As Grey leaves, Alice’s dad comes in and asks her what Grey wanted. She tells him, in a soft tone, that Grey wants to take her back. Dad thinks that’s quite generous, all things considered, but then again, Grey always was a nice guy. Furthermore, he tells her that Grey paid George’s £3000, a fact which shocks Alice.

George, like an idiot, stashes himself in Grey’s office for a confrontation that he has no right at all to precipitate. Grey arrives and, with supreme self-control, manages not to just launch himself at this ungrateful lout. George is all confrontational, accusing Grey of interfering in his relationship with Alice. Grey says that, if he hadn’t intervened, she would be defrauded of a lot of money. As it stands, the loss is his and he can bear it. He suggests George hit the road, but George is spoiling for a fight and accuses Grey of trying to use this matter to worm his way back into Alice’s affections. Grey says nothing, even when George flies off the handle, starts insulting him, and then challenges Grey to a duel, which for some reason I sense Grey would win handedly, probably because he’s level-headed and measured while George is a hothead who’d probably just start firing before he even had a chance to aim. Grey orders him out and George accuses Grey of cowardice before pulling out a whip he’d hidden and striking Grey with it. Pulling out hidden weapons against an unarmed man? Who’s the coward now, George? After a couple of blows, Grey recovers and bodily throws George out of his office and down the stairs. Once George lands, Grey tosses the whip down on the floor at his feet. Humiliated and defeated, George kicks it away and finally leaves.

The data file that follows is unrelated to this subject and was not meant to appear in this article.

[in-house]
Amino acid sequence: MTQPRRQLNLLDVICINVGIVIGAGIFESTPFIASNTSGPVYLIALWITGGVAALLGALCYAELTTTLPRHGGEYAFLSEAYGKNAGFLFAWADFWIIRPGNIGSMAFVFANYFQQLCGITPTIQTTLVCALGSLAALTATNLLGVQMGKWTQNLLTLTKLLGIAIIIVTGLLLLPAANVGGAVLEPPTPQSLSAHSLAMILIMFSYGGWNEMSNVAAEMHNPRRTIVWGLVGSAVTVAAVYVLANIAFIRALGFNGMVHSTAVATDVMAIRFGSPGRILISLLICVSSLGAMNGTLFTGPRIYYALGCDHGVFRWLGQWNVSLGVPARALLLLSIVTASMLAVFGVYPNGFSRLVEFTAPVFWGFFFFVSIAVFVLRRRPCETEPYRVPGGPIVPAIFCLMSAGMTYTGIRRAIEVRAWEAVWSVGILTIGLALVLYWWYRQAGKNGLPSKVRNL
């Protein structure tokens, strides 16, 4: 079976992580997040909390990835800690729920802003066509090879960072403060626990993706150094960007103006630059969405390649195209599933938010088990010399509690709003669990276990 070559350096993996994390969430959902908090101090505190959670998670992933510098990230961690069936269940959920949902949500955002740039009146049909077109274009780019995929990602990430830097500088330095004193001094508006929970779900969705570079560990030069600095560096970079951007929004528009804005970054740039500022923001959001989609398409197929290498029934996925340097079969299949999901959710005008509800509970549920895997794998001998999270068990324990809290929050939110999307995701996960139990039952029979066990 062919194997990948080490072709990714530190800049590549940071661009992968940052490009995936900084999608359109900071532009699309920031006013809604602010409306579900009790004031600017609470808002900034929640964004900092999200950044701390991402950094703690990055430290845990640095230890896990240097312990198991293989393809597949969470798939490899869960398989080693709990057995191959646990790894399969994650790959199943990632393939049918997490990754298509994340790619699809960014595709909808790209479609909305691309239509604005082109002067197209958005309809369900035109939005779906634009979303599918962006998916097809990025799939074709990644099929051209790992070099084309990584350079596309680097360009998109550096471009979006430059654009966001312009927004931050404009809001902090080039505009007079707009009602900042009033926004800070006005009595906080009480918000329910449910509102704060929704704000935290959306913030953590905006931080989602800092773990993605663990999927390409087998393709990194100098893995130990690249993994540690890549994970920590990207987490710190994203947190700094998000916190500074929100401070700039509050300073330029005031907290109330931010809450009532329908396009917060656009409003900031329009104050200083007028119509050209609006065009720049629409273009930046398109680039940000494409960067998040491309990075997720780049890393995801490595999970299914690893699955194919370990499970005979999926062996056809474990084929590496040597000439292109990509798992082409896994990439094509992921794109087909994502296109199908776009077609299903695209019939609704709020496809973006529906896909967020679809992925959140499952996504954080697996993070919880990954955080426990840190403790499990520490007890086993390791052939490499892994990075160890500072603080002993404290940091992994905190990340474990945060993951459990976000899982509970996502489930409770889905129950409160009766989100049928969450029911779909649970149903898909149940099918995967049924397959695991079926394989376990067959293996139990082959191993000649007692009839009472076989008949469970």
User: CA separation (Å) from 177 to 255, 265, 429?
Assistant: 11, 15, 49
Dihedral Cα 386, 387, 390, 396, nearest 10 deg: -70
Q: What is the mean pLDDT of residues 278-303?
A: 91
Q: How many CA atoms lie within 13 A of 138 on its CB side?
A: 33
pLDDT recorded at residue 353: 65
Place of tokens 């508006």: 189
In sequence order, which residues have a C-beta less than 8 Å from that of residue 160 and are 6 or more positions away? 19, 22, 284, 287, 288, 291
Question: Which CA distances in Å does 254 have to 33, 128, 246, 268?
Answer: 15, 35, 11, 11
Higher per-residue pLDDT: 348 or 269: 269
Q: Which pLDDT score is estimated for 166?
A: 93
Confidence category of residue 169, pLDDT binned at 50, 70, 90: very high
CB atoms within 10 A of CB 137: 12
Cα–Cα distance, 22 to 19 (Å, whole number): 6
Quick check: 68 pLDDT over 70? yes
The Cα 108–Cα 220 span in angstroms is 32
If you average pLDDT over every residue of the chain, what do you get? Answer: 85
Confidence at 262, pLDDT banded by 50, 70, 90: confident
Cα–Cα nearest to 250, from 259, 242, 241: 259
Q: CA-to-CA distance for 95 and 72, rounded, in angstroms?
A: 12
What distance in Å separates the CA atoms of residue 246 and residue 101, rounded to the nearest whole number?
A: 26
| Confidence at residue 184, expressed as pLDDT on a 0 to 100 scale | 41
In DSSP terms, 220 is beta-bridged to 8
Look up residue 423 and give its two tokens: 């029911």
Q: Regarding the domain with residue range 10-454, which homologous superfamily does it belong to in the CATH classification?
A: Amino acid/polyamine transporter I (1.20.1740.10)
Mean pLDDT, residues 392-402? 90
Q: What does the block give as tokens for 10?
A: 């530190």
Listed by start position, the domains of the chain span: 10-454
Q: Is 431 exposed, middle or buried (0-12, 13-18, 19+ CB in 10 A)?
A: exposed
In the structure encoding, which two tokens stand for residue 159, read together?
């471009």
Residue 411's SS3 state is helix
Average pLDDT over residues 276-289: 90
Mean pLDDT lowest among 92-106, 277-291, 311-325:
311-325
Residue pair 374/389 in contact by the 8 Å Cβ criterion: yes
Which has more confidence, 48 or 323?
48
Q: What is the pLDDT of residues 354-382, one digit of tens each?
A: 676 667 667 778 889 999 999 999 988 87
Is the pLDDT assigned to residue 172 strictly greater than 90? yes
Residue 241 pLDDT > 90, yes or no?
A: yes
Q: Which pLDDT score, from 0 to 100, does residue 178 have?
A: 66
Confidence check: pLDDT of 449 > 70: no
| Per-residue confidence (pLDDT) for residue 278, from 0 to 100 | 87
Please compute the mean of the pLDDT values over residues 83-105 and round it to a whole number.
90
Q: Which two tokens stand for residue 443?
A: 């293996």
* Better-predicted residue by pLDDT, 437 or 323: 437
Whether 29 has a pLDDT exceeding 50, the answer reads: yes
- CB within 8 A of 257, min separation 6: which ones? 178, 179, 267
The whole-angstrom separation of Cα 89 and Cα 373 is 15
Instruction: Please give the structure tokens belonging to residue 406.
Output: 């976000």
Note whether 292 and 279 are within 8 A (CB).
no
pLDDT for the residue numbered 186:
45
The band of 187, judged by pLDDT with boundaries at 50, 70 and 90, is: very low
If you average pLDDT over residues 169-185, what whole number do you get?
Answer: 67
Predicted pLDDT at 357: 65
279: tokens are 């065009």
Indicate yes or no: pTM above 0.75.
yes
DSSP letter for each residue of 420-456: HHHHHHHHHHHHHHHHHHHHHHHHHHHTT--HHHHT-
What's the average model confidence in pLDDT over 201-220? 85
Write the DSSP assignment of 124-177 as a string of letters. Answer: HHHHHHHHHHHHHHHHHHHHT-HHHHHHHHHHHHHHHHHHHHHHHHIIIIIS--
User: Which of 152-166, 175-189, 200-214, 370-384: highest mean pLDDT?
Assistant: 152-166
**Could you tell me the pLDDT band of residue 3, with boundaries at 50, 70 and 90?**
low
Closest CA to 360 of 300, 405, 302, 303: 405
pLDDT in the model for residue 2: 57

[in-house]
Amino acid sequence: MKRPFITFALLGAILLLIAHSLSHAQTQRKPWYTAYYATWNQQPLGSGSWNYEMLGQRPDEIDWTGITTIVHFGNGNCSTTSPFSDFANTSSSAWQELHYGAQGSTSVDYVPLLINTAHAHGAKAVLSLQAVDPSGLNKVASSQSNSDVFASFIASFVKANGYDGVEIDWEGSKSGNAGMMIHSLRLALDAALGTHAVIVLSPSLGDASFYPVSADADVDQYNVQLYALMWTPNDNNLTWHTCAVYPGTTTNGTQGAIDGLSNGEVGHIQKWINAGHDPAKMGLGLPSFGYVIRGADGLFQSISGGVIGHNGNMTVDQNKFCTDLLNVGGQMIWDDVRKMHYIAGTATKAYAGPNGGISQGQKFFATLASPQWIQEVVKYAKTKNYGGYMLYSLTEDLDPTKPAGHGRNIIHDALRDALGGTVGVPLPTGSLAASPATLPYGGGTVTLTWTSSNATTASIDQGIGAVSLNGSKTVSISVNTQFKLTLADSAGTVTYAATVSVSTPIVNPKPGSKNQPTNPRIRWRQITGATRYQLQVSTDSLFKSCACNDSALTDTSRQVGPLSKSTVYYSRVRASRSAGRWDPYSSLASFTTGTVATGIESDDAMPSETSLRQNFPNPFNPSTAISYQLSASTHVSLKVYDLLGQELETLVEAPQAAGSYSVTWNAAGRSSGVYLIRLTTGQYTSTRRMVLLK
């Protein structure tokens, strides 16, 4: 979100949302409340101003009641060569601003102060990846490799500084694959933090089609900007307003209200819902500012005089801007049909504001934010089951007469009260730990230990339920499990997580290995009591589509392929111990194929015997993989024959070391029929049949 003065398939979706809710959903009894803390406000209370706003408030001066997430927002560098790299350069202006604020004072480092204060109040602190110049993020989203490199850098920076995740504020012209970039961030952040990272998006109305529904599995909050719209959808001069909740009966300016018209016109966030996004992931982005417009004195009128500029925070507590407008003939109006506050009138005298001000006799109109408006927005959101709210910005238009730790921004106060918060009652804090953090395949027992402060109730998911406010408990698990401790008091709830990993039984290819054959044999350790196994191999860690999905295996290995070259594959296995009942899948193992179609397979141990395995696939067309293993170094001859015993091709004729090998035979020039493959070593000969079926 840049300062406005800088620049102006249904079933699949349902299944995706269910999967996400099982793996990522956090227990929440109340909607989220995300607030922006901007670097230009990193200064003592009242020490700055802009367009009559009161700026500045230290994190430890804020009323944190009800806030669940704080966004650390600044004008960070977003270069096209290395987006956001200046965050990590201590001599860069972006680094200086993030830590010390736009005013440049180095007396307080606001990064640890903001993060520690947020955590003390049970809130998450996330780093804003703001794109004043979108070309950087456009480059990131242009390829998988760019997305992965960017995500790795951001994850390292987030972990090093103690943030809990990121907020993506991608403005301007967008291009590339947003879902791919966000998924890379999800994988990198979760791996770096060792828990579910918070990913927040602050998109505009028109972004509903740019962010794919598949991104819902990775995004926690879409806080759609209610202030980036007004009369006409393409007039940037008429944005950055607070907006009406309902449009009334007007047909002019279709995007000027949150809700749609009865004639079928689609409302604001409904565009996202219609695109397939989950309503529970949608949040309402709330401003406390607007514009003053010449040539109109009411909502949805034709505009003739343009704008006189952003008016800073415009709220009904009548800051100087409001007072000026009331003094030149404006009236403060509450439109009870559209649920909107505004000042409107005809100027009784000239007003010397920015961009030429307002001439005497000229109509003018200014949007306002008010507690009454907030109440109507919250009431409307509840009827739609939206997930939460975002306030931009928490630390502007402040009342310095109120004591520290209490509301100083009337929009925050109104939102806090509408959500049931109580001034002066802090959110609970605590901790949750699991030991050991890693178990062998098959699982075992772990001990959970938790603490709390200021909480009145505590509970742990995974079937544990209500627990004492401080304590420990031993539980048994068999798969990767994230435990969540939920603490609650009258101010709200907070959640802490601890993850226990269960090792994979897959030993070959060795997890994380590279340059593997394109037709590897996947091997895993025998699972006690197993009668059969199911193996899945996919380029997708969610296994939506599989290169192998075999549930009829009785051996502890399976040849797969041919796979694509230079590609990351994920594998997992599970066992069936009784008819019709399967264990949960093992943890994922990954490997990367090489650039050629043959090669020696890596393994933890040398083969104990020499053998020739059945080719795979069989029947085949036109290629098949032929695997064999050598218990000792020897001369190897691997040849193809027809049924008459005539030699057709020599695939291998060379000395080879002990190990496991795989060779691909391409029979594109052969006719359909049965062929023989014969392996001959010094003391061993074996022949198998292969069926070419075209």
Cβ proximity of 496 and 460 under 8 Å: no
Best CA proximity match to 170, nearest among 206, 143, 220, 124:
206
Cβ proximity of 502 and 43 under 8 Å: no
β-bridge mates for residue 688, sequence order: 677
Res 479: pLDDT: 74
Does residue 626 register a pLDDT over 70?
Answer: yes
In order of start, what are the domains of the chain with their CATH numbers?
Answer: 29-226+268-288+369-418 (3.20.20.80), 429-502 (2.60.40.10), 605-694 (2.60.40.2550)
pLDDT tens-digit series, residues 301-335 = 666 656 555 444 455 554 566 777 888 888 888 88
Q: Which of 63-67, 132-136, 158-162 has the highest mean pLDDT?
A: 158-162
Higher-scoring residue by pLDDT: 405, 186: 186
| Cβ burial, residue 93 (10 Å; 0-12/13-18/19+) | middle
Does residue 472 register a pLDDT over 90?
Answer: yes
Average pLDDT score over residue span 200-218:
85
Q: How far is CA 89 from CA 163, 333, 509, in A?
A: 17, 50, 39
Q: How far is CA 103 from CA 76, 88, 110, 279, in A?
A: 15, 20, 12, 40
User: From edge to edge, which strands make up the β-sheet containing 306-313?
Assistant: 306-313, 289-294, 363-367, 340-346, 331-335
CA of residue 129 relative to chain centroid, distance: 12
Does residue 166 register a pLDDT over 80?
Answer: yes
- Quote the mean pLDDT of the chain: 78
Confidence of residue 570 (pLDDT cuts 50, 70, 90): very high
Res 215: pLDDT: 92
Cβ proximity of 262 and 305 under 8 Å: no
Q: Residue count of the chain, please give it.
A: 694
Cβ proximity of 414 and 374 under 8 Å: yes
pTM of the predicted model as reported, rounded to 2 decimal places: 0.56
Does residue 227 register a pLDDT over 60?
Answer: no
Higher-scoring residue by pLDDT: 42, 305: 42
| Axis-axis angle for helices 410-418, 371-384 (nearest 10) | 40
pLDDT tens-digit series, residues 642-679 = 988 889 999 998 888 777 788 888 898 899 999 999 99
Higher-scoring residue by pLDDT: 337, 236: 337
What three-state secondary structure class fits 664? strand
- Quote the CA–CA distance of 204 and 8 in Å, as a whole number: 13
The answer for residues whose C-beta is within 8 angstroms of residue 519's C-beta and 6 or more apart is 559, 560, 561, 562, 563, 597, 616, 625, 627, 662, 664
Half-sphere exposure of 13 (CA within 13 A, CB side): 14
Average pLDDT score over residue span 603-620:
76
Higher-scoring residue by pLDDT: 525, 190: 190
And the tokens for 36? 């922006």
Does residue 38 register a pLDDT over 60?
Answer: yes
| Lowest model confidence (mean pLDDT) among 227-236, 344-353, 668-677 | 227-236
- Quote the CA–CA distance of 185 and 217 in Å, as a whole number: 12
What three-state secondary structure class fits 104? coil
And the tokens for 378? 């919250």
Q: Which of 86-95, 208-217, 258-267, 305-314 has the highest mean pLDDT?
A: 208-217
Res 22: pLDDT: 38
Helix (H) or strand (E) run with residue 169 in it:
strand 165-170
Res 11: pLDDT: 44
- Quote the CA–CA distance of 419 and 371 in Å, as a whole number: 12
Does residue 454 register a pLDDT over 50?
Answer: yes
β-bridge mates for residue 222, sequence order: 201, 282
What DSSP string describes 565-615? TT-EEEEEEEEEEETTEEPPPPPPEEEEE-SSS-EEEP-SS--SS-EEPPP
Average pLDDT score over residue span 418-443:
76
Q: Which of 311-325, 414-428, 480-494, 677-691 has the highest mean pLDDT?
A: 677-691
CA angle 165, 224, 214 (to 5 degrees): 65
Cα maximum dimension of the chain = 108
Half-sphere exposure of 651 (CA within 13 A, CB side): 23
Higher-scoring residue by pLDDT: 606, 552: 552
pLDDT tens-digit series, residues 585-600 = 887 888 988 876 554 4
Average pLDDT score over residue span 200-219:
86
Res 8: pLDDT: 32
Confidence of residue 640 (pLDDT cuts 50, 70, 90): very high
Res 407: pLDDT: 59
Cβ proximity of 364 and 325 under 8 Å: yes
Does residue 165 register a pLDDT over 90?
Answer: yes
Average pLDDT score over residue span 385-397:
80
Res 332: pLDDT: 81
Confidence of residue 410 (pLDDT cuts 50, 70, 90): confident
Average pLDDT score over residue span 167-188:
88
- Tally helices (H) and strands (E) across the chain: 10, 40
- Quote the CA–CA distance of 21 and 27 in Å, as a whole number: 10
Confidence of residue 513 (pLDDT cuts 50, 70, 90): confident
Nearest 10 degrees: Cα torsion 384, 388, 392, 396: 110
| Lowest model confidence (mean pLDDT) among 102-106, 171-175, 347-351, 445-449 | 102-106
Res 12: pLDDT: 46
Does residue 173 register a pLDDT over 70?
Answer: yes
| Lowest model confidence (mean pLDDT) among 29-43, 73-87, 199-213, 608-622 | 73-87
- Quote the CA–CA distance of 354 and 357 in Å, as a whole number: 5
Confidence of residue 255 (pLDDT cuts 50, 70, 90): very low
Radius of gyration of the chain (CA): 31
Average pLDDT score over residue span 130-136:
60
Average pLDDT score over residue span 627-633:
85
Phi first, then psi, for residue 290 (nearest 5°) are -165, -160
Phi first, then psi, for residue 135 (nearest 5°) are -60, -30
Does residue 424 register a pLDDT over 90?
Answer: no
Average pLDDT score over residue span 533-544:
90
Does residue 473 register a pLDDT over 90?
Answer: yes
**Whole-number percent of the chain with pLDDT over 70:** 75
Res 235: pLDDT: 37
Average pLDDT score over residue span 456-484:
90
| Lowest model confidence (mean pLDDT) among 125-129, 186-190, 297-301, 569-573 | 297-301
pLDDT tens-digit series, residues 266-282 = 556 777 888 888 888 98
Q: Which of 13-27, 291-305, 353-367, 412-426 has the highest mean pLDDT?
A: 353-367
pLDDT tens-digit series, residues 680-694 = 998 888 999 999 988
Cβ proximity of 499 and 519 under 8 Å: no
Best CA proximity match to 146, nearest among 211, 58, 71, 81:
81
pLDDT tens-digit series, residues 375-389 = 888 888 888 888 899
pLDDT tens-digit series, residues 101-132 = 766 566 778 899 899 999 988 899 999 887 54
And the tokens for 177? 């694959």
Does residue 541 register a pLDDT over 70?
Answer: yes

Chez Vavasor, Alice insists to her dad that she pay the money back to Grey. Dad tells her to just go ahead and marry Grey, which she refuses to do. Glencora comes in as things are getting heated, congratulates Dad on his recent inheritance, and asks Alice what the hell happened to her arm. Dad excuses himself, and Alice admits that George was the culprit. At Alice’s urging, Glencora tells her about the blow-up over the ball, and how magnificent Plantagenet’s been ever since then, even giving up the Chancellor’s post. You can tell this sacrifice is starting to really reach Glencora’s romantic little heart. She admits to Alice that this is starting to make her think she might love Plantagenet after all. She asks Alice to come along on their trip and Alice happily agrees.

Duke has Plantagenet over to his place for some champagne and an explanation. Plantagenet will only say that Glencora needs to travel, because she’s a bit unsettled just now. He’s sure that travel will help her forget…certain things. Duke tells Plantagenet that what Glencora needs to shut her up is a kid. Plantagenet says he hopes that’ll happen soon, but the trip is absolutely necessary.

Later, at Palliser Palace, Glencora and Alice are reviewing the astronomical amount of luggage they’ll be taking along on this trip. They join Plantagenet in the sitting room, where he hands them the itinerary before heading out to take “one last look” at the House of Commons. Glencora sighs that he’s having a hard time letting go, which she understands. In the course of their conversation, Glencora brings up both George and Grey, discussions that Alice shuts down quickly.

As Plantagenet prepares to leave, the doorbell rings, and when the butler opens it, we see it’s Burgo on the doorstep, asking for Glencora. Plantagenet appears in the doorway—awkward!—and breezes past Burgo. The butler shows Burgo in and goes to announce him to Glencora.